TCIA’s Twitter account (@VoiceofTreeCare) was the victim of an Internet virus on Tuesday, October 16, 2012. We immediately took steps to resolve the issue, but we want to take a moment to explain the situation and provide general insight into Twitter viruses.
Please note that this hack only affected a few TCIA Twitter followers, so the general public is not affected.
The virus took hold of our Twitter account Tuesday morning and sent unintended direct messages to some our followers. The message was simple (“hey someone is spreading nasty rumors of you…”) and included a link to a malware website. If a follower clicked the link, the virus then took hold of their personal Twitter account and repeated the process.
A very small number of followers fell prey to this virus, so how can you tell if your Twitter account was affected?
- You will notice unexpected tweets or direct messages.
- You will notice other account behaviors that you didn’t make or approve.
And how should you proceed if your Twitter account was affected?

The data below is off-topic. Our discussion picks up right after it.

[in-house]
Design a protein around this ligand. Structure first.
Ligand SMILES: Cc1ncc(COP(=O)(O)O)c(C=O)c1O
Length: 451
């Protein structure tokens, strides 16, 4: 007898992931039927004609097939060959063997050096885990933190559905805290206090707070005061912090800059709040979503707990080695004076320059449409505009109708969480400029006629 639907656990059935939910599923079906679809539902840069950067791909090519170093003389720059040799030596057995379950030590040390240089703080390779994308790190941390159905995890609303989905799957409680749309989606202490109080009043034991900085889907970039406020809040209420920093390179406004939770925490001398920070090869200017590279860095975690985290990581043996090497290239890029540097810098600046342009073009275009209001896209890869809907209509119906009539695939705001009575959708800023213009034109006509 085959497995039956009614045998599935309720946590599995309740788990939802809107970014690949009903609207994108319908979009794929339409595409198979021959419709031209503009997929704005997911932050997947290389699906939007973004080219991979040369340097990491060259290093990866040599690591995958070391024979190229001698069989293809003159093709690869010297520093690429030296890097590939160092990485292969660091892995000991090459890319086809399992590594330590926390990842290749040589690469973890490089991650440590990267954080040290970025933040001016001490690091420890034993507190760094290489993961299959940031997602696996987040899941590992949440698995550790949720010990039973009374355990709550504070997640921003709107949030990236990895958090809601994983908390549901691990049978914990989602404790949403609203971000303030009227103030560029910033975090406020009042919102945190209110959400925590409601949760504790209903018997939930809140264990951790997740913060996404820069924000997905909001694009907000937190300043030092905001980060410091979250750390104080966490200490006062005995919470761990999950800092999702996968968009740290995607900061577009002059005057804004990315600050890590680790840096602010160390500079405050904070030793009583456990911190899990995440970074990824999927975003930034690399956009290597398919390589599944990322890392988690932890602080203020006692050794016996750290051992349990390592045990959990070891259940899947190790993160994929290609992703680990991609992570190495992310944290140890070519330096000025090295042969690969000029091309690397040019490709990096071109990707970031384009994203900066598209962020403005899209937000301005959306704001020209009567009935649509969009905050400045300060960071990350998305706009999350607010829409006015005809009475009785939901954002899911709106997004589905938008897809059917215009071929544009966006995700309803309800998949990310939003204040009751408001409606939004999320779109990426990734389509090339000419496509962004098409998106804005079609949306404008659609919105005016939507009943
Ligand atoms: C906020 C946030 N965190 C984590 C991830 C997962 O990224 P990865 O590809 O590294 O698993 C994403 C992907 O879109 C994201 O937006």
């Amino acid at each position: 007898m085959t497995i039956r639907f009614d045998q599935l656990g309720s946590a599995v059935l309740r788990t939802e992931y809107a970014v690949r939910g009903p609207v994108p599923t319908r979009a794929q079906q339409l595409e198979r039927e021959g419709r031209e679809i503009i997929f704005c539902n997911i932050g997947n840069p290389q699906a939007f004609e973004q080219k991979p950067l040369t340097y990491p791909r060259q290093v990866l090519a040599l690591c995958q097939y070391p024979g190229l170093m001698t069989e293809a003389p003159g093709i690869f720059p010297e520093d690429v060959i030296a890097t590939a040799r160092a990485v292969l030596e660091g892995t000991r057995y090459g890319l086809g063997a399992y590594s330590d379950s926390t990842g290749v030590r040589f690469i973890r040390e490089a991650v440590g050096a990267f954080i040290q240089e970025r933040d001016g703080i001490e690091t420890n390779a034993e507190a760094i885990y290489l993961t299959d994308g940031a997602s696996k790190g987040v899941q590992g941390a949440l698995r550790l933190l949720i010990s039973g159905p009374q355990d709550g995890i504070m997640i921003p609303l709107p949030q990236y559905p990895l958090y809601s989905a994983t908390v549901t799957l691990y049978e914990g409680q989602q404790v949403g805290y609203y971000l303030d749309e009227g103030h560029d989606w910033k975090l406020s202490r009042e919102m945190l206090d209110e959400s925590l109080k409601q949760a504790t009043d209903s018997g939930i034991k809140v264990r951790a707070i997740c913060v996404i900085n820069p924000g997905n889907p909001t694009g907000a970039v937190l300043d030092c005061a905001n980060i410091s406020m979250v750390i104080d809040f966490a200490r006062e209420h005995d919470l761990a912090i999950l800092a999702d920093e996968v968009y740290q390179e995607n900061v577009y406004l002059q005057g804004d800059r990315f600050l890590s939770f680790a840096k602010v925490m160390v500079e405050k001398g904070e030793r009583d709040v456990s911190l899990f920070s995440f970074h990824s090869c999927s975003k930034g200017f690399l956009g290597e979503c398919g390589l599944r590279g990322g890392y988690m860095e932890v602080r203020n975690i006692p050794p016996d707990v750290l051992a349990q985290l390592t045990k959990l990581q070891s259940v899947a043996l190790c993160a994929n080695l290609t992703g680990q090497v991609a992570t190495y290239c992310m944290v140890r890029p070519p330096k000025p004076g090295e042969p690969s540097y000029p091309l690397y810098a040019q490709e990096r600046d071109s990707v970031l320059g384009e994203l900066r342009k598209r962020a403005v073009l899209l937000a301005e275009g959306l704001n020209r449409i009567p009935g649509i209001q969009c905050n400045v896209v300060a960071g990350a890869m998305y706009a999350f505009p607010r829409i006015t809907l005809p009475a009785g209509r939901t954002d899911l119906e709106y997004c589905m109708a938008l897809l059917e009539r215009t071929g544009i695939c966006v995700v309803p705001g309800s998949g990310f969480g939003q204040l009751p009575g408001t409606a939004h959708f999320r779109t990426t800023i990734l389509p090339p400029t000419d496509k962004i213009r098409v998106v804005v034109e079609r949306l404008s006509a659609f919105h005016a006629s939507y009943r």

- Run a full virus scan on your computer. If you need help with this process, please contact Bruce White, TCIA’s IT Director, at 603-314-5380.
- Change your password. Select "Settings" from the dropdown menu next to your account name, which is listed on the top right on Twitter, then navigate to the "Password" tab. Be sure to choose a password that is difficult to guess.
- Don’t forget to change your password on any third-party applications you may use (Hootsuite, Tweetdeck, etc).
- Make sure you've turned off access to your account for any suspicious-looking or unknown third-party applications. You can revoke access to any apps linked to your account under the "Applications" tab in the "Settings" page.
- Delete any of the tweets or direct messages that were sent while your account was compromised.
- You can also review Twitter’s troubleshoot tips for account hacking here.
- Consider changing your passwords on your other social media outlets, as well as on your computer or smartphone. It never hurts to err on the side of caution.
To avoid Twitter viruses like this in the future, avoid clicking suspicious links. If you receive a tweet or direct message that appears to be strange, avoid clicking on it and delete it. If you’re unsure, check in with the individual who tweeted it.
Don’t forget- this advice for Twitter holds true all over the Internet. Do not click suspicious links.
TCIA sincerely apologizes for this issue. If you have further questions about this virus, or about Twitter, contact TCIA’s marketing & pr coordinator Amy Tetreault here.